Also, calling this way of living 'protesting' or 'occupying' is both hilarious and insulting.
Fortunately most of this will go away when it starts raining again. As will the tourists, clip board people, and idiot cyclists riding on the sidewalk.
@Blabby: The "10-year plan" bit was a federal requirement that no one sane would have chosen if saying no still meant getting money.

@human in training: You're onto something, to a degree. If you want to give someone something, try a Sisters of the Road meal voucher. As for protesting/occupying, you know that's way more about the place and the visibility as it is the "way of living." And it's also true that not everyone who's arrived outside city hall is there because it's a protest spot. They're there because it's also a large camp that, in the summer, gains its own gravity and starts attracting nearby bodies.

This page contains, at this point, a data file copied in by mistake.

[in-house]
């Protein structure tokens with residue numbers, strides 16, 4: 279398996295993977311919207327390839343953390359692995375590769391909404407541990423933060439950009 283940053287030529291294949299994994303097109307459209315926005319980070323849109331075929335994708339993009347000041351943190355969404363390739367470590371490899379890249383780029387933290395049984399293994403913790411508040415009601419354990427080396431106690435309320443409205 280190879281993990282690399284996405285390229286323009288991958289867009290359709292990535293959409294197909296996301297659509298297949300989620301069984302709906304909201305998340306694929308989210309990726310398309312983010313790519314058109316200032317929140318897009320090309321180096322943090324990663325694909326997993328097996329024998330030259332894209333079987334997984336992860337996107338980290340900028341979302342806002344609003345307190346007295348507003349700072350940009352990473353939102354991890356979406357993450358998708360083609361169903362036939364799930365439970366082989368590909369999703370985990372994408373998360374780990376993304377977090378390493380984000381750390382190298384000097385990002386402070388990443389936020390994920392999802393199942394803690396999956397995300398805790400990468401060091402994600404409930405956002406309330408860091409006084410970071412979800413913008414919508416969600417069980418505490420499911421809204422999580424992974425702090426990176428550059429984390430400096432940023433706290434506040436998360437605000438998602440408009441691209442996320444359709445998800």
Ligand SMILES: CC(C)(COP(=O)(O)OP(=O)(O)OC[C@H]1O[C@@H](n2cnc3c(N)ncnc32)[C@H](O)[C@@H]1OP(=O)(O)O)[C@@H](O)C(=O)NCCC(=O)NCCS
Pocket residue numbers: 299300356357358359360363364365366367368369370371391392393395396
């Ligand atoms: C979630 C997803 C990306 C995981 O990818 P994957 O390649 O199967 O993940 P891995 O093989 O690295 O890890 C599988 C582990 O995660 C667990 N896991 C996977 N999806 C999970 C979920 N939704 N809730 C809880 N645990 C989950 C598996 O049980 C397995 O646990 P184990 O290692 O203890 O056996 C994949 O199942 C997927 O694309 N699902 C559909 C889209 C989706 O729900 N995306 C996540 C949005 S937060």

The U.S. defines "full employment" as 5% of the people being out of work. In the past 50 years unemployment in the U.S. has ranged from 4% to 10%… Add to this the financial pressure on those who *are* employed of diminished wages and benefits, growing income inequality, the middle-class squeeze, and downward mobility.

Shame on Mr. Hales for criminalizing the least fortunate among us, instead of creatively using the power of his office to address the systemic roots of the problem. Portland needs a new mayor and a new deal.……

[Note: Anyone who responds to this comment with name-calling using all-caps and/or multiple exclamation points will just be proving the emptiness of their position on this issue.]
@Graham @Drunk&Write --> Valedictorians from the Infantile Barbarian School of Public Discourse

What a riot, you chuckleheads! Wonder how long you would last if you found yourselves jobless and homeless?

โ€œInjustice anywhere is a threat to justice everywhere.โ€ --Martin Luther King, Jr.